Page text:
New Delhi: Hailing the UK court order on Vijay Mallya's extradition, Finance Minister Arun Jaitley on Monday said that the alleged offender, who benefited during the UPA rule, is being brought to the book by the NDA government.
A UK court has ordered Mallya's extradition, in a major boost to India's efforts to bring back the fugitive wanted for loan default worth Rs 9,000 crore.
Delivering the verdict, Westminster Magistrates' Court chief magistrate Judge Emma Arbuthnot said that there was "no sign of a false case being mounted against him".
"Great day for India. No one who cheats India will go scot free. The judgement of UK's court is welcome. An offender benefited during the UPA. The NDA brings him to book," Jaitley said in a tweet.
Mallya, who fled to the UK in March 2016, is wanted in India over default of Rs 9,000 crore that was loaned to Kingfisher Airlines (KFA) by several banks.
The 62-year-old former KFA boss had been on bail since his arrest on an extradition warrant in April last year. He has contested his extradition on the grounds that the case against him is "politically motivated" and the loans he has been accused of defrauding on were sought to keep his now-defunct airline afloat
"I did not borrow a single rupee. The borrower was Kingfisher Airlines. Money was lost due to a genuine and sad business failure. Being held as guarantor is not fraud," he said in his recent Twitter post on the issue
"I have offered to repay 100 per cent of the principal amount to them. Please take it," the flamboyant businessman tweeted earlier
While dismissing that his intervention has anything to do with the extradition case, it came just days before Judge Emma Arbuthnot is expected to present her ruling in the case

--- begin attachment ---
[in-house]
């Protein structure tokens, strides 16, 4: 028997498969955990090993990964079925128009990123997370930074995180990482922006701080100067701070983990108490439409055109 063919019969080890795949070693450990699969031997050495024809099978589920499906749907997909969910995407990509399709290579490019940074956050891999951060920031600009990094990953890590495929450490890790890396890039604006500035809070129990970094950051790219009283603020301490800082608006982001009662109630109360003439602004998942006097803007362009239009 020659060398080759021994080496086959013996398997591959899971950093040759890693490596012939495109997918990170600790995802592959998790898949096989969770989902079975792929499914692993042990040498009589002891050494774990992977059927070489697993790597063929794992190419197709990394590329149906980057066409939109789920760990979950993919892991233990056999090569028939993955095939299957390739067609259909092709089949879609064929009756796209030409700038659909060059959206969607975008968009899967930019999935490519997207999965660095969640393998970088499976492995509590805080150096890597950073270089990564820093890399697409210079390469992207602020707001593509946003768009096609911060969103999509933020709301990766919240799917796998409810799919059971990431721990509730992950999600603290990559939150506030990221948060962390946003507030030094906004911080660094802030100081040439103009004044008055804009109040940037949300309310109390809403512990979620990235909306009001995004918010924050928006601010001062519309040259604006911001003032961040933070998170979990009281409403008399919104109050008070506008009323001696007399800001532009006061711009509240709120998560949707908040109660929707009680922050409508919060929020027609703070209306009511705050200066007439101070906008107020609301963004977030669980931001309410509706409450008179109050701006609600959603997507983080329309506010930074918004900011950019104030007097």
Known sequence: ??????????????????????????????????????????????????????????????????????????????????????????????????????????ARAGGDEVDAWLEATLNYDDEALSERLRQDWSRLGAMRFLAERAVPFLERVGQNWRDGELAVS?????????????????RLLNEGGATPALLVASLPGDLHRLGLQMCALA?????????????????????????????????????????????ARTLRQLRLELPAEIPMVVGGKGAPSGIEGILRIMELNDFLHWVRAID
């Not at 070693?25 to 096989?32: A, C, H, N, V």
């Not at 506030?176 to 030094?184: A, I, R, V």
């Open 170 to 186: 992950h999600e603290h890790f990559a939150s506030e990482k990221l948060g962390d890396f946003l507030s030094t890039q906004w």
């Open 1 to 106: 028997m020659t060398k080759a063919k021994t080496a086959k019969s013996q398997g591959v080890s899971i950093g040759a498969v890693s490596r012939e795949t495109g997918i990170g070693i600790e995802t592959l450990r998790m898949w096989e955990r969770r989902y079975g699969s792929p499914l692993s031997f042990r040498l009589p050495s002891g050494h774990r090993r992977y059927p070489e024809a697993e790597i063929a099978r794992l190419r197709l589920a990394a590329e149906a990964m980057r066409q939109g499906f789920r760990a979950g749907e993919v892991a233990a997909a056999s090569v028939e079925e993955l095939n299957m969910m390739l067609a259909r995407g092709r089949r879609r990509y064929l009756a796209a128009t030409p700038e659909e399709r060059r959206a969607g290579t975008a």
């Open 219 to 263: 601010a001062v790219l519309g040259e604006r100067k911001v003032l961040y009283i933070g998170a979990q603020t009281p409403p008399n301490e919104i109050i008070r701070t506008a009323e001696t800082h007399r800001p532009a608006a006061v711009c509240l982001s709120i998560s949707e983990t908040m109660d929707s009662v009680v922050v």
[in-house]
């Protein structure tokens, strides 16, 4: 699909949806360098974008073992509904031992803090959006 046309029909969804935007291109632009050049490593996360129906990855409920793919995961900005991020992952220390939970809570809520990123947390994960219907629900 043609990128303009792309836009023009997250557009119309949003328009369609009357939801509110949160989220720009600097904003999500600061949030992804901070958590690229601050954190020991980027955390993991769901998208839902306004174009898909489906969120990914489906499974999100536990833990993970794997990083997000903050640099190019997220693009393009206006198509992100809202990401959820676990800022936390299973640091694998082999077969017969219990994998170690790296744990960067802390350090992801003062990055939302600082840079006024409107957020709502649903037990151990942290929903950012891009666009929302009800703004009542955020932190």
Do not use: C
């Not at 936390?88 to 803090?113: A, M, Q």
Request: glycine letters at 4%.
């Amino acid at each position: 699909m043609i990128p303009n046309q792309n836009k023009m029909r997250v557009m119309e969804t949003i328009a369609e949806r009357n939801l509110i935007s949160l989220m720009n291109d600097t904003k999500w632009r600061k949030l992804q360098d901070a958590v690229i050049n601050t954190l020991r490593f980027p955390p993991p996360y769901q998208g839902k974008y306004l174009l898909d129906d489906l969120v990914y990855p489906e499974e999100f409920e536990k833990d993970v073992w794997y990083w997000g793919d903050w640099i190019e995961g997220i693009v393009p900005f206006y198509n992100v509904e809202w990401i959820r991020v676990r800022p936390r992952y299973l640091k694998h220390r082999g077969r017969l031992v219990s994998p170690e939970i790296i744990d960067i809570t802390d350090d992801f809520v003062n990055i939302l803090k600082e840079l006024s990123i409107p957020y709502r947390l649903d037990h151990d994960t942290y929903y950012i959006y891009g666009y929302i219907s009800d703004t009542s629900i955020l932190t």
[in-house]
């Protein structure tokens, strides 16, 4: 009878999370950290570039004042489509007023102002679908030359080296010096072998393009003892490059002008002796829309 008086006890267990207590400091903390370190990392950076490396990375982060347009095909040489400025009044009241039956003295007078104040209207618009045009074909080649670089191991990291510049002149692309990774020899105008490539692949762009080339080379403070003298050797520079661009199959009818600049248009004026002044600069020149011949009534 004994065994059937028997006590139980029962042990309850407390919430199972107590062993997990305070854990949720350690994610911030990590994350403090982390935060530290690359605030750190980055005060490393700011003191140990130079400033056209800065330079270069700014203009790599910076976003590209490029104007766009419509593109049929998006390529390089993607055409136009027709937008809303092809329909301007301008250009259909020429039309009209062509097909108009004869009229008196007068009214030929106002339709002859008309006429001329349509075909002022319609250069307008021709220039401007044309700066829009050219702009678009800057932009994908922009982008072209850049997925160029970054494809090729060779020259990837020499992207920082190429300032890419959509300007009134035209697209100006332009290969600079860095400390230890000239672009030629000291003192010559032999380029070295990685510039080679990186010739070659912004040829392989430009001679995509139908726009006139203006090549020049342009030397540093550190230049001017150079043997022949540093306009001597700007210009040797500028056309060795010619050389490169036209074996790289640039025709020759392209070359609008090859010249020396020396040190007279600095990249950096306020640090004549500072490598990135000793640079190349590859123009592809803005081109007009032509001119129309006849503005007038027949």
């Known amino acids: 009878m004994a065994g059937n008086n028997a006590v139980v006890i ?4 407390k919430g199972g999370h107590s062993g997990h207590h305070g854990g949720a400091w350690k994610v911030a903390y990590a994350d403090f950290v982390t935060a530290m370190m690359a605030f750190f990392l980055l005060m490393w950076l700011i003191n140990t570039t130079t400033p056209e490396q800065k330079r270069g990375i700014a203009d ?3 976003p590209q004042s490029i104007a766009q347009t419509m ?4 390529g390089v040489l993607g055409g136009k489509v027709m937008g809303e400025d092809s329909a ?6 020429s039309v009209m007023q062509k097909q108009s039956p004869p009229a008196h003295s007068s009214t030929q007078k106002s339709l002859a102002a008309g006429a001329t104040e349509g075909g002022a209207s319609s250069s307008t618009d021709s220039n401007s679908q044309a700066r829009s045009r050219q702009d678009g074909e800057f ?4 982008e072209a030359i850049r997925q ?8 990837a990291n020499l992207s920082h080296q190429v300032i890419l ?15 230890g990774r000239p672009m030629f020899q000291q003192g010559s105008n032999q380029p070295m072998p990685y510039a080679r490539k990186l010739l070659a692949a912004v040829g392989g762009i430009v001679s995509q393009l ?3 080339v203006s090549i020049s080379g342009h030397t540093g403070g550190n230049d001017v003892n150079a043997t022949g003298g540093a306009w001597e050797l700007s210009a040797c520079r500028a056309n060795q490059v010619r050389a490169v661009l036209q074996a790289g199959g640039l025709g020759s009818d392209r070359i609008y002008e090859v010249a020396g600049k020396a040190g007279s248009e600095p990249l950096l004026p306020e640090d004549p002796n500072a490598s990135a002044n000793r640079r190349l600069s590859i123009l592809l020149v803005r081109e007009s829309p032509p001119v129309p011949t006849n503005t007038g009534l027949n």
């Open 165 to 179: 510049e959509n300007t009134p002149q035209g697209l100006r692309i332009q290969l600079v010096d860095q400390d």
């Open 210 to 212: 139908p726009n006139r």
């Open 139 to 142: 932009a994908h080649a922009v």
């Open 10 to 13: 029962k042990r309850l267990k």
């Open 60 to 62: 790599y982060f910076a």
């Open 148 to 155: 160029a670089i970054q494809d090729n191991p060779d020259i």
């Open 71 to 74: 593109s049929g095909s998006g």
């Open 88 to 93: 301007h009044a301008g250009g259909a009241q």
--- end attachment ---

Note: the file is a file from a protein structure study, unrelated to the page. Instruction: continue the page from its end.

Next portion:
The trial, which opened at the Magistrates' Court on 4 December last year, has gone through a series of hearings beyond the initial seven days earmarked for it
It opened with the Crown Prosecution Service (CPS) team, led by Mark Summers, laying out the Indian government's prima facie case of fraud and money laundering against Mallya
Summers sought to establish a "blueprint of dishonesty" against the businessman and that there are no bars to his extradition on human rights grounds
Mallya's defence team, led by Clare Montgomery, deposed a series of experts in an attempt to prove that the erstwhile Kingfisher Airlines' alleged default of bank loans was the result of business failure rather than "dishonest" and "fraudulent" activity by its owner
The court was also told that a consortium of Indian banks, led by the State Bank of India (SBI), rejected an offer by the liquor baron in early 2016 to pay back nearly 80 per cent of the principal loan amount owed to them
While the CPS argued that Mallya never intended to repay the loans he sought in the first place because his airline's demise was inevitable, the defence tried to establish that Kingfisher Airlines was suffering from consequences of a wider global financial crisis around 2009-2010 and that its failure was a result of factors beyond the company's control
Mallya on Wednesday took to social media with an offer to pay back 100 percent of "public money" to various Indian banks and urged the government to accept his offer, days ahead of a UK court's decision on his plea not to extradite him to India.
"The most important point is public money and I am offering to pay 100 per cent back. I humbly request the banks and government to take it. If payback refused, why," he questioned in one of his posts on Twitter.
— With inputs from agencies
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Updated Date: Dec 10, 2018 19:21:32 IST